Jamie Briggs: That's in the Council of Grant; it'll make a big difference. Just near the South Eastern Freeway at Callington, we're spending $500,000 to improve some of the safety on that road. So there are a range of projects across the state, in the metropolitan areas, but importantly in regional areas as well to address safety issues.

Leon Byner: Okay. Stay on the line Jamie; I've got the Senior Manager of Road Safety at the RAA, Charles Mountain. Charles, thanks for joining us. You'd be welcoming this, wouldn't you?

Charles Mountain: Yes, good morning, Leon. Yes we do. The Black Spot Funding Programme is an excellent me, because it does provide an opportunity to deal with those sites with a crash history. However we also welcome the fact that they're looking at broadening the programme because, as has been pointed out, unfortunately the number of situations what are quite worthwhile projects in their own right, when stacked up against other ones will fail to meet funding criteria, and therefore miss out. So if there's a process to enable this to be broadened out, to enable these other projects to be captured and obviously the roads then subsequently upgraded, that would be an excellent outcome from our perspective.

Leon Byner: Okay. Charles, does the RAA have vigorous participation in this project to get the funding? Do you make submissions?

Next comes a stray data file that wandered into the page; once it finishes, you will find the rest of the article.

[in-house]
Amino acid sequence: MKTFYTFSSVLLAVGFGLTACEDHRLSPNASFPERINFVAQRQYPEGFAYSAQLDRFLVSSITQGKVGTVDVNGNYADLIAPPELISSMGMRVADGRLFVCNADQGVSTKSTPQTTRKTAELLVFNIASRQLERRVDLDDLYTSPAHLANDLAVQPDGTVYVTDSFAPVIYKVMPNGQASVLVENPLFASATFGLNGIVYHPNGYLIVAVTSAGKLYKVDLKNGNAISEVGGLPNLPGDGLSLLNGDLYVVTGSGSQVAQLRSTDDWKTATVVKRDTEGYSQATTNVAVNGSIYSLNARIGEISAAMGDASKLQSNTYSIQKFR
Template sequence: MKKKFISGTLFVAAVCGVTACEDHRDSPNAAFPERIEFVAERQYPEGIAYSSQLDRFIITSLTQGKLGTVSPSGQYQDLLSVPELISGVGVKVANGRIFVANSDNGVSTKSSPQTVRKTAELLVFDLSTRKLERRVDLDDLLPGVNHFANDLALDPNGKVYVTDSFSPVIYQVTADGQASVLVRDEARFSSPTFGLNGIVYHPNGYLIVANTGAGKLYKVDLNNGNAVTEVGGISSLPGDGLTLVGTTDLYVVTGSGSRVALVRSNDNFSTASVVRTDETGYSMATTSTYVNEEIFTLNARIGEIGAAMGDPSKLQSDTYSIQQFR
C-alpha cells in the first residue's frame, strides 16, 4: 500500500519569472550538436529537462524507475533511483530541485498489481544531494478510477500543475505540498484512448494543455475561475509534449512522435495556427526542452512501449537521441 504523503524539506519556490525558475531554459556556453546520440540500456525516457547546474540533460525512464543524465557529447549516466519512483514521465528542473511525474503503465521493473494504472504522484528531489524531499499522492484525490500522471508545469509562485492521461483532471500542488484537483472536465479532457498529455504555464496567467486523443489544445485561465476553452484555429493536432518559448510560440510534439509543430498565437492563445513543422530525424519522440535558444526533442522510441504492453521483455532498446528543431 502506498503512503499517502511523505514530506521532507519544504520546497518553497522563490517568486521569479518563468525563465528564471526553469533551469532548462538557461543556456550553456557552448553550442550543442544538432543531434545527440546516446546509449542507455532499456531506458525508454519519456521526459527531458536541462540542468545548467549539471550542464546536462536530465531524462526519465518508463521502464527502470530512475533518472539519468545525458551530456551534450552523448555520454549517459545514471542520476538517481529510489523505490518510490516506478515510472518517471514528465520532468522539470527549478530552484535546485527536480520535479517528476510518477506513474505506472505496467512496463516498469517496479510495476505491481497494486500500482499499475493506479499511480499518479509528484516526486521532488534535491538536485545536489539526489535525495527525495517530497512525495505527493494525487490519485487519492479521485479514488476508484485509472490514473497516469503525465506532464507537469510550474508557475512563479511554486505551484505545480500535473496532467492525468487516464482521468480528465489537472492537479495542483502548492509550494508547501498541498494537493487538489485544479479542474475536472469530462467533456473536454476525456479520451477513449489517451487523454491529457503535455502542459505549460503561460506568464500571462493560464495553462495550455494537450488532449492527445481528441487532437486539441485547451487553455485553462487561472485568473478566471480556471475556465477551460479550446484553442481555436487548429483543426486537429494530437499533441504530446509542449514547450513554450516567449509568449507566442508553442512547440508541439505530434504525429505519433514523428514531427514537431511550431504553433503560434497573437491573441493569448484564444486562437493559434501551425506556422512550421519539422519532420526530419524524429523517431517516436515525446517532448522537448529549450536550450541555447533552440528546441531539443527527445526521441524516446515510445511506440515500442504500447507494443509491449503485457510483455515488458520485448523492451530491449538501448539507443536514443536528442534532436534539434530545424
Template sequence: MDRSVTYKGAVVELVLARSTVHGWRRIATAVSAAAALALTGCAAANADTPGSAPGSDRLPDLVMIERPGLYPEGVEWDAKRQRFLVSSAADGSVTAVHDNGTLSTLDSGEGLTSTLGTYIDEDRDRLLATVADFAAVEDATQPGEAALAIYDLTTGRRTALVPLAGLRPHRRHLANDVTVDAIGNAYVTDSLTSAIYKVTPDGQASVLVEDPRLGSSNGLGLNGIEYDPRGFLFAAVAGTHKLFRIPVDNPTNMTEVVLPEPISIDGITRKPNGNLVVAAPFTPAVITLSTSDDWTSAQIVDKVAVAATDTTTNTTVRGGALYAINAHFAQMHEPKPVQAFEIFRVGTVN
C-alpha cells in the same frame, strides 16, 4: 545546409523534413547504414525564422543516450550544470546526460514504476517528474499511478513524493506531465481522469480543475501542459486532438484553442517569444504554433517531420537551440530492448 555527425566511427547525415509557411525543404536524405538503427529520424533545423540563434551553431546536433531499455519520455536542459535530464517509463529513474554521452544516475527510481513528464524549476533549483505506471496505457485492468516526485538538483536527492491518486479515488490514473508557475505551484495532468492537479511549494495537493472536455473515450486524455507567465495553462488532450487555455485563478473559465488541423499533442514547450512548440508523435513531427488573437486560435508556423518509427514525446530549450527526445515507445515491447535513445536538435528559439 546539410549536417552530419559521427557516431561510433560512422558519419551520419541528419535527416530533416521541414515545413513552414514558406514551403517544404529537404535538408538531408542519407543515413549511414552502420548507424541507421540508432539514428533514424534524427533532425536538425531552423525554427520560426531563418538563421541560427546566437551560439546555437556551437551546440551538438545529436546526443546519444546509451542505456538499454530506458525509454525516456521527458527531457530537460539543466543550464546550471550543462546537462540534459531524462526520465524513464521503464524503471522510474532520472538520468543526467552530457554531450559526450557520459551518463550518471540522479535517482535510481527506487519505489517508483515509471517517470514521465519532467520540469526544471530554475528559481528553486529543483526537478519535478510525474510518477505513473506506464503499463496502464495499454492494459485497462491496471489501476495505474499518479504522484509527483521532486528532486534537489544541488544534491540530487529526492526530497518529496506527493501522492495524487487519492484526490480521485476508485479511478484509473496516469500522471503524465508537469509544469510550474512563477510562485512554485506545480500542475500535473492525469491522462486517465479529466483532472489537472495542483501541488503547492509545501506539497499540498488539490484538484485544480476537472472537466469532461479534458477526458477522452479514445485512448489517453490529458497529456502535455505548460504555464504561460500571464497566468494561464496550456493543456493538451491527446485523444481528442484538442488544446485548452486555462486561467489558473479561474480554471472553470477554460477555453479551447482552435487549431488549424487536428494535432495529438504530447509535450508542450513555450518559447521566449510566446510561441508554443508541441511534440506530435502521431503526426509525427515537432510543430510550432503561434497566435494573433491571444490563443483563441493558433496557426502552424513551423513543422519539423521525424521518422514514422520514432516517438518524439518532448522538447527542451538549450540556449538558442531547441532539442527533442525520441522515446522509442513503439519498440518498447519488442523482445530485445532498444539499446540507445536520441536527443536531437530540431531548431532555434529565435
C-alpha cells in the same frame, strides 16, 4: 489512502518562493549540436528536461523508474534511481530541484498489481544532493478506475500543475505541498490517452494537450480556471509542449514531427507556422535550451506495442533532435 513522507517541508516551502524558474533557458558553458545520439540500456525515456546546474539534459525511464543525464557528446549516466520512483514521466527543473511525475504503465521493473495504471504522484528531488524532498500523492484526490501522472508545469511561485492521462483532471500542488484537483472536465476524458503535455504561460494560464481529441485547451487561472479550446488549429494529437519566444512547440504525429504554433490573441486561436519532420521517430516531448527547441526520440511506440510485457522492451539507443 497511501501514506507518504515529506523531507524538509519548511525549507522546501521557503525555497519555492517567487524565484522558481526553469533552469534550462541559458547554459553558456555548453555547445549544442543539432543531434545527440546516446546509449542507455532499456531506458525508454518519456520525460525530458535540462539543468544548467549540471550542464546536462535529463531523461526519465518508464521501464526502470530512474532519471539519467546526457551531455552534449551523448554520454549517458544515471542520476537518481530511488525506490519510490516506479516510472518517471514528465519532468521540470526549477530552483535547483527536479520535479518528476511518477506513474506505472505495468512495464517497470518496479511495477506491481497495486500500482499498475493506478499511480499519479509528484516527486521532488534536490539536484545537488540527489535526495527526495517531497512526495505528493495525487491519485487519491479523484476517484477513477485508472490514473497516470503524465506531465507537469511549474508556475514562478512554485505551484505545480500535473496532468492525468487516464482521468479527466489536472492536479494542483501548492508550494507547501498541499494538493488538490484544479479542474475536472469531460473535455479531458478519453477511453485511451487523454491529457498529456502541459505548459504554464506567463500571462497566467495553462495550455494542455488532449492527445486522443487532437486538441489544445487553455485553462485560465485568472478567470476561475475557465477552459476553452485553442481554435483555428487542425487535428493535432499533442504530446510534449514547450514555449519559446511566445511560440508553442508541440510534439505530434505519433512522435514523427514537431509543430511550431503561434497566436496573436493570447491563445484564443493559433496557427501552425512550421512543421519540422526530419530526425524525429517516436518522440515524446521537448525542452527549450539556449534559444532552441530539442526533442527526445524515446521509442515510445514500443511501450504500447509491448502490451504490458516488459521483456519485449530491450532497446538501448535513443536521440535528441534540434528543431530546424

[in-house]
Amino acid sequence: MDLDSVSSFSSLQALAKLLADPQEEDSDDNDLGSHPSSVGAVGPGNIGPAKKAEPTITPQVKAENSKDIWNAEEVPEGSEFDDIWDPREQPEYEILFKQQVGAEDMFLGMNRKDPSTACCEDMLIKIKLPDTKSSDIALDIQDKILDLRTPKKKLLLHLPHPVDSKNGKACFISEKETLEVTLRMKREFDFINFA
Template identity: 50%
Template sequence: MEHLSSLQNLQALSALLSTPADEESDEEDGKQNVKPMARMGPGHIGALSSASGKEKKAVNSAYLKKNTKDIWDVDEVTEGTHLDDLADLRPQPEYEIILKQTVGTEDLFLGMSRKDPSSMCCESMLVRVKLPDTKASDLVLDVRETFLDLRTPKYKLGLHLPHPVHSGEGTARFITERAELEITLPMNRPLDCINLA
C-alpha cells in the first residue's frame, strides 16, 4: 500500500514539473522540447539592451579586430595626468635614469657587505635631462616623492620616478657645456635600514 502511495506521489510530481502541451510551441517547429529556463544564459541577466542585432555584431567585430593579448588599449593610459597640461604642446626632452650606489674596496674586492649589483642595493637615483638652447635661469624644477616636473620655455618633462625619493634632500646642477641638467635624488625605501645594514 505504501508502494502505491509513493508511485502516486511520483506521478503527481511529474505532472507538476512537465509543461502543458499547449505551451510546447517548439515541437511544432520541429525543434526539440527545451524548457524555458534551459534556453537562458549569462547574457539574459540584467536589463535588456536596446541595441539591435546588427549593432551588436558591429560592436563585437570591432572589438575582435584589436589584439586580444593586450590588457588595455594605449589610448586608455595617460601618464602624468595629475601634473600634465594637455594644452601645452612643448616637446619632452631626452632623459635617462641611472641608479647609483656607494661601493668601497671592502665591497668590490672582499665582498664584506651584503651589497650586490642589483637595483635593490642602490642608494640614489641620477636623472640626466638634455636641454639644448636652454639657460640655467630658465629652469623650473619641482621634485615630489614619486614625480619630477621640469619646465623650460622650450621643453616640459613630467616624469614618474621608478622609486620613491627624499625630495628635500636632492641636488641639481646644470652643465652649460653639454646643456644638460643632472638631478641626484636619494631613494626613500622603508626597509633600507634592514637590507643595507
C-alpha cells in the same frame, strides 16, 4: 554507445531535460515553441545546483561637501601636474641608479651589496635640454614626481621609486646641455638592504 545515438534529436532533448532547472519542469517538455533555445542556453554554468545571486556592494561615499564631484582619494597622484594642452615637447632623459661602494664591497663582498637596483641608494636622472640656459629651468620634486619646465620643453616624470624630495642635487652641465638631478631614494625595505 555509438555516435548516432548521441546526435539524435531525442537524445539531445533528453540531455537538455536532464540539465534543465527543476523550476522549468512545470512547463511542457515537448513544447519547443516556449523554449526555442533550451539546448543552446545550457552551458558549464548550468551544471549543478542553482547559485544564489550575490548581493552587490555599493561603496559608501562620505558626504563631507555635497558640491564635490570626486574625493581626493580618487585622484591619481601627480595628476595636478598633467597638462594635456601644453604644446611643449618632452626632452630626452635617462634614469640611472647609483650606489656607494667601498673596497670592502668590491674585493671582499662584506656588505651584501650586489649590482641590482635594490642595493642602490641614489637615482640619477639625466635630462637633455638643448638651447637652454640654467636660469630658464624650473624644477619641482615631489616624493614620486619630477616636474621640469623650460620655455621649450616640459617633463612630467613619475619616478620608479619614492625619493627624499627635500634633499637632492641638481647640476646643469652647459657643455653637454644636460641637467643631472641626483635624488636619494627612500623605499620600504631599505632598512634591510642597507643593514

Charles Mountain: Yes. Well, we're on actually on the committee, so therefore we are aware of all the nominations and the final short list. So from our perspective all the projects that subsequently been approved are certainly worthwhile. I mean in our role as a road advocate, if you like, we drive around the countryside; we look at a lot of roads, so we're certainly aware of the ones that we think are in need of attention. And unfortunately a lot of those would not fall into the current black spots funding type criteria. So again, you know, there's the opportunity to have a different funding stream that would enable some of these roads to be upgraded  which would be very welcome.

Leon Byner: Okay. So how do you nominate a road that needs work?

Charles Mountain: Through the Black Spot Programme there's an application form that the road authorities, councils, and even  individuals can put in. There's a number of criteria you need to address, talk about the issue, the history, particularly the crash history is an important part of it, the treatment, the cost, and therefore the calculation in terms of benefit-cost ratio. The alternative, to look at possibly what they call a proactive funding treatment, is whereby you can get an audit of the area done by a qualified road safety auditor that makes some recommendations on a treatment that could potentially minimise the risk of a crash occurring at a location.

Leon Byner: Alright gentlemen, thank you. Charles Mountain, thank you, and thank you to Jamie Briggs also, the Assistant Minister for Infrastructure, just giving us some pretty good news there about some of the upgrades that are going to happen, that are being funded to make our roads safer.